The woman’s reporting of her use of marijuana also calls her credibility into question. The woman however acknowledges that she has been using the aforesaid drug since the age of sixteen. During her testimony, she admitted that she was not truthful about the extent of her drug use when she was deposed previously. But, she testified that she had not used it for fifteen years. But, the evidence shows that the woman has been using the criminal drug for over twenty years, and that at times she was using it on a daily basis.
Since the woman has been evasive with the court, the court didn’t rely on her assertions that the depression and marijuana use are vestiges of the past. In contrast, the child’s parents have been truthful with the court. Evidence revealed that the child’s mother has no history of drug or alcohol abuse, has never been diagnosed with a mental illness, and has never been on psychiatric medication. Outside of a minor criminal conviction for stealing a pack of socks, the mother has no criminal record. The child’s father also has no history of drug or alcohol abuse, has never been diagnosed with a mental illness, and has never been on psychiatric medication.
Based on records, in making the best interests determination, the court is required to consider the effect of domestic violence on the child, together with other factors and circumstances the court considers relevant.
With regards to financial status and ability of each parent to provide the child, the court found that the child’s biological parents and the woman have the financial ability to meet the child’s needs. The woman testified that she has more financial stability to provide the child with the best opportunities in life. She stated that she was the vice-president of event marketing of a large company and she rents her own apartment. She further stated that she has substantial savings and possesses assets such as stocks, mutual funds, and a retirement plan.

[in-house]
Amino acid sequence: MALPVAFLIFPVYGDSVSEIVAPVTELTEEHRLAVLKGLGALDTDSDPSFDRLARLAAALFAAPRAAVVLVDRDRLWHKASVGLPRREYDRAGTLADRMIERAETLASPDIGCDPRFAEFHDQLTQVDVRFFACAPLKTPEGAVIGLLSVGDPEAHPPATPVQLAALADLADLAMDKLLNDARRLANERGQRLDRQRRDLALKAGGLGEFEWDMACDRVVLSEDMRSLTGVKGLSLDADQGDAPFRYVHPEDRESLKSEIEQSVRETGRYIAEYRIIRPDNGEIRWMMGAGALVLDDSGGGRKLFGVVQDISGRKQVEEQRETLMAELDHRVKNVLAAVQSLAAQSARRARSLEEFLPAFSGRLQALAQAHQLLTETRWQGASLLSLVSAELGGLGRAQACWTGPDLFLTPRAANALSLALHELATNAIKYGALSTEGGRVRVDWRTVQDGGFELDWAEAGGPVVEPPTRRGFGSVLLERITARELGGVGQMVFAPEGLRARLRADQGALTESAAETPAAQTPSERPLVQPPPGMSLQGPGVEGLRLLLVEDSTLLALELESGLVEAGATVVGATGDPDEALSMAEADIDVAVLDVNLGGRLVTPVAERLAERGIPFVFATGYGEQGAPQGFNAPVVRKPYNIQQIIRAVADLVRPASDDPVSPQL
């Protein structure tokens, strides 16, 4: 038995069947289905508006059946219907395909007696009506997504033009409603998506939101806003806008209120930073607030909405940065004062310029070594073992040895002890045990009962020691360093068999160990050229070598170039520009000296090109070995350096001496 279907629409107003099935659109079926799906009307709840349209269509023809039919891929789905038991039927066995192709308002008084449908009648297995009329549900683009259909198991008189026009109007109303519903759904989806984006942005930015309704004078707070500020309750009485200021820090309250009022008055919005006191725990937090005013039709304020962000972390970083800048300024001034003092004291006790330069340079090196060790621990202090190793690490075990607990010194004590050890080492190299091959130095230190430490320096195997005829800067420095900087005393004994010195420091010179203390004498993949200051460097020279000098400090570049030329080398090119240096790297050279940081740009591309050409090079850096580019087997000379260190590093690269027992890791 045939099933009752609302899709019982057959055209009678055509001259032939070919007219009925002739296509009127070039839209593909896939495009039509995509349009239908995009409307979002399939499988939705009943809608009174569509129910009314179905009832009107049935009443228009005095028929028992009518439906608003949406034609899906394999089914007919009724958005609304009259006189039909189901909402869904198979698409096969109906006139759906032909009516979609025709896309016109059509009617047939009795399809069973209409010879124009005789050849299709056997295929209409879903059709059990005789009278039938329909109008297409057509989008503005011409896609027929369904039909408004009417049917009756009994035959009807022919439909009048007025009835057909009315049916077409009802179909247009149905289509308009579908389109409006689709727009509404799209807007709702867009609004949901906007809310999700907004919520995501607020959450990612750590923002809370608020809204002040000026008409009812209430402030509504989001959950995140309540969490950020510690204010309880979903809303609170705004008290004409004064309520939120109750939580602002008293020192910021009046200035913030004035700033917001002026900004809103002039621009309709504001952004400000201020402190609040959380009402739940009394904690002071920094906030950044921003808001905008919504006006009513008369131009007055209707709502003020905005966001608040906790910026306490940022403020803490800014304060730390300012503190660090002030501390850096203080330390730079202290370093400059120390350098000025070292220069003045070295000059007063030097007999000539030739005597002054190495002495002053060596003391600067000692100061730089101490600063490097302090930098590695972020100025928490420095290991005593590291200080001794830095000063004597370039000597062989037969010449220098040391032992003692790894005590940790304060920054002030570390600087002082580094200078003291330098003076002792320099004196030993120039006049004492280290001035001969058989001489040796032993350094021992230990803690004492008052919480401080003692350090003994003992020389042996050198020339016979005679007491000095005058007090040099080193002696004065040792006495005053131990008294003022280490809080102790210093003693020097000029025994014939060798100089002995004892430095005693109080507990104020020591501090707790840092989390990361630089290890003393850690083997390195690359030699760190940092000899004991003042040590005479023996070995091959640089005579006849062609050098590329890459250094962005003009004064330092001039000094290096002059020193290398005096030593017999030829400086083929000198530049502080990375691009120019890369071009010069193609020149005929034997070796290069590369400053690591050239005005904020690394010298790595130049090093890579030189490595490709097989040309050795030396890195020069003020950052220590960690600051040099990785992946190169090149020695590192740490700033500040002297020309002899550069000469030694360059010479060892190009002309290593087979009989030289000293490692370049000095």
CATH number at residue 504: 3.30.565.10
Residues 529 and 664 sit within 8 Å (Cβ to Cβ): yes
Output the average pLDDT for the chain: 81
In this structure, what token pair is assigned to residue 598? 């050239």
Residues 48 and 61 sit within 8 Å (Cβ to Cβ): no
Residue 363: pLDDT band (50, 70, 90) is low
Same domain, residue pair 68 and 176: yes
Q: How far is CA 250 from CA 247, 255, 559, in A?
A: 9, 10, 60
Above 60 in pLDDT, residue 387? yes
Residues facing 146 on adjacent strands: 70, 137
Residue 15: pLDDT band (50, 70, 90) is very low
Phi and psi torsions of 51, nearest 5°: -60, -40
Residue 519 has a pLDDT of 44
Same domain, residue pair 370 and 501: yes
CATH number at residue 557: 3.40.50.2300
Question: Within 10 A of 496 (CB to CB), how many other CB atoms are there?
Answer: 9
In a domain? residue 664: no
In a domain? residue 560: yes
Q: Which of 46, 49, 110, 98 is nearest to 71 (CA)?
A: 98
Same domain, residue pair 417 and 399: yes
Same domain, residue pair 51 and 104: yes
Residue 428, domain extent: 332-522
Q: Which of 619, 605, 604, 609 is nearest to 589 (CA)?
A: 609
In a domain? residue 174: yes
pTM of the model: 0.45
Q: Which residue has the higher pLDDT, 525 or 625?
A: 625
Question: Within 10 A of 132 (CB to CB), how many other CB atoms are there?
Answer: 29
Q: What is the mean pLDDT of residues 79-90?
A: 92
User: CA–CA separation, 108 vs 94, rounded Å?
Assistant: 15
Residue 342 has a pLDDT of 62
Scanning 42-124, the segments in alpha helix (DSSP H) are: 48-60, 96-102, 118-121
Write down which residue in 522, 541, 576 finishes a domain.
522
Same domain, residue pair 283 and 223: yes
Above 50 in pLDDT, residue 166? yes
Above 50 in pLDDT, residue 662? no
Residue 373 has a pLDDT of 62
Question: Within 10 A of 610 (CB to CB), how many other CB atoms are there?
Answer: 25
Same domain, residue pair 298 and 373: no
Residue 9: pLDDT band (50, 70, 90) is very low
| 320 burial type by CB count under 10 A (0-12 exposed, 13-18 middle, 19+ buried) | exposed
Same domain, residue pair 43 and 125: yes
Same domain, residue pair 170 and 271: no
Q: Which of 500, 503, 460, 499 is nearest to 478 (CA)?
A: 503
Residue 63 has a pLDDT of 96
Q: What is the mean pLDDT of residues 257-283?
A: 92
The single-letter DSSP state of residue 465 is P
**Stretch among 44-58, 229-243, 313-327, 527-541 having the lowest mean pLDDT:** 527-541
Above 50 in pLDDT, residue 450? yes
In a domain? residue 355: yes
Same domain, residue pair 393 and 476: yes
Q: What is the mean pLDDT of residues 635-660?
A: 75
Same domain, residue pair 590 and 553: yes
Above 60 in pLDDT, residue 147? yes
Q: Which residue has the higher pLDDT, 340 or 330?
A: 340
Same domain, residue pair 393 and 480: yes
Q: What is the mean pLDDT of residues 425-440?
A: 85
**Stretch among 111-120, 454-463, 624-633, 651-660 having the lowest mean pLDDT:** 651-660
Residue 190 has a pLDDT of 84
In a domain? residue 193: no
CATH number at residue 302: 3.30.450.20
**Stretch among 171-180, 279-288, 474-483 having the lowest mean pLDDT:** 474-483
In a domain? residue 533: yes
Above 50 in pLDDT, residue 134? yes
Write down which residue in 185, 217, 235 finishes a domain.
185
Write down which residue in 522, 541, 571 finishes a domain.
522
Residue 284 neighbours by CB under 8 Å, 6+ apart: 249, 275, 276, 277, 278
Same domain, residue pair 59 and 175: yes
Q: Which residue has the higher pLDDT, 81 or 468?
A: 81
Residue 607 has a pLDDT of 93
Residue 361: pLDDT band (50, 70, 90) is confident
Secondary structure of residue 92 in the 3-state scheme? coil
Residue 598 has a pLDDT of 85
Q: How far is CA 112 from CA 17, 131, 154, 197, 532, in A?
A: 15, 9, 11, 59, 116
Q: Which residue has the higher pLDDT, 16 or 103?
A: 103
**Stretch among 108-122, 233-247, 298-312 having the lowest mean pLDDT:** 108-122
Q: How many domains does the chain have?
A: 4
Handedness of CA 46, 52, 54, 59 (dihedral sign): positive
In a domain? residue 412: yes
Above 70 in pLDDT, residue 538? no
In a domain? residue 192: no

On the other hand, the child’s biological parents are not impoverished. The child’s biological parents may not yet have college degrees, but they both reside in adequate, spacious, suburban homes, where the child is welcomed. While they are not financially independent, as are many young adults, they both have the support of their families.
Furthermore, despite of the child’s biological parent’s limited financial resources, both of them are traveling on a consistent basis to visit the child. They also managed to comply with the court ordered visitation schedule which began with one overnight visit per month and then increased to two overnight visits per month. Clearly, both the child’s biological parents have demonstrated that they are committed to having the child returned to their care.
As a result, the criminal court found that the best interest of the child will be best served by giving full force and effect to the revocation of the consent and it is ordered that the custody of the child be returned to the parents, with primary physical custody to the mother and visitation to the father as the parties may agree.